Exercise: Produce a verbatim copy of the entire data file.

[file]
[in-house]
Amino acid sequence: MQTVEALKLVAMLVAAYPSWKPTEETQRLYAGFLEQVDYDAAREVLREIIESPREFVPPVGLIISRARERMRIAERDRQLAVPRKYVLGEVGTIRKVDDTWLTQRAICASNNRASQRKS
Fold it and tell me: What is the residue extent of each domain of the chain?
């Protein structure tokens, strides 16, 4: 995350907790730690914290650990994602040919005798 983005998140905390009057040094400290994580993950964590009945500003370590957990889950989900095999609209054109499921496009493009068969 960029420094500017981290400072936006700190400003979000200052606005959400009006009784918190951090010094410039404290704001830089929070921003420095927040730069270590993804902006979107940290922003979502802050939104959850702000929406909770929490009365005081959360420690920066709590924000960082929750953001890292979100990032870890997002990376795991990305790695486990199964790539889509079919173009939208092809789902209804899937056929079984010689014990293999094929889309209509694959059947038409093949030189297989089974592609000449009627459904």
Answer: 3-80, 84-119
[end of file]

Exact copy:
[in-house]
Amino acid sequence: MQTVEALKLVAMLVAAYPSWKPTEETQRLYAGFLEQVDYDAAREVLREIIESPREFVPPVGLIISRARERMRIAERDRQLAVPRKYVLGEVGTIRKVDDTWLTQRAICASNNRASQRKS
Fold it and tell me: What is the residue extent of each domain of the chain?
């Protein structure tokens, strides 16, 4: 995350907790730690914290650990994602040919005798 983005998140905390009057040094400290994580993950964590009945500003370590957990889950989900095999609209054109499921496009493009068969 960029420094500017981290400072936006700190400003979000200052606005959400009006009784918190951090010094410039404290704001830089929070921003420095927040730069270590993804902006979107940290922003979502802050939104959850702000929406909770929490009365005081959360420690920066709590924000960082929750953001890292979100990032870890997002990376795991990305790695486990199964790539889509079919173009939208092809789902209804899937056929079984010689014990293999094929889309209509694959059947038409093949030189297989089974592609000449009627459904």
Answer: 3-80, 84-119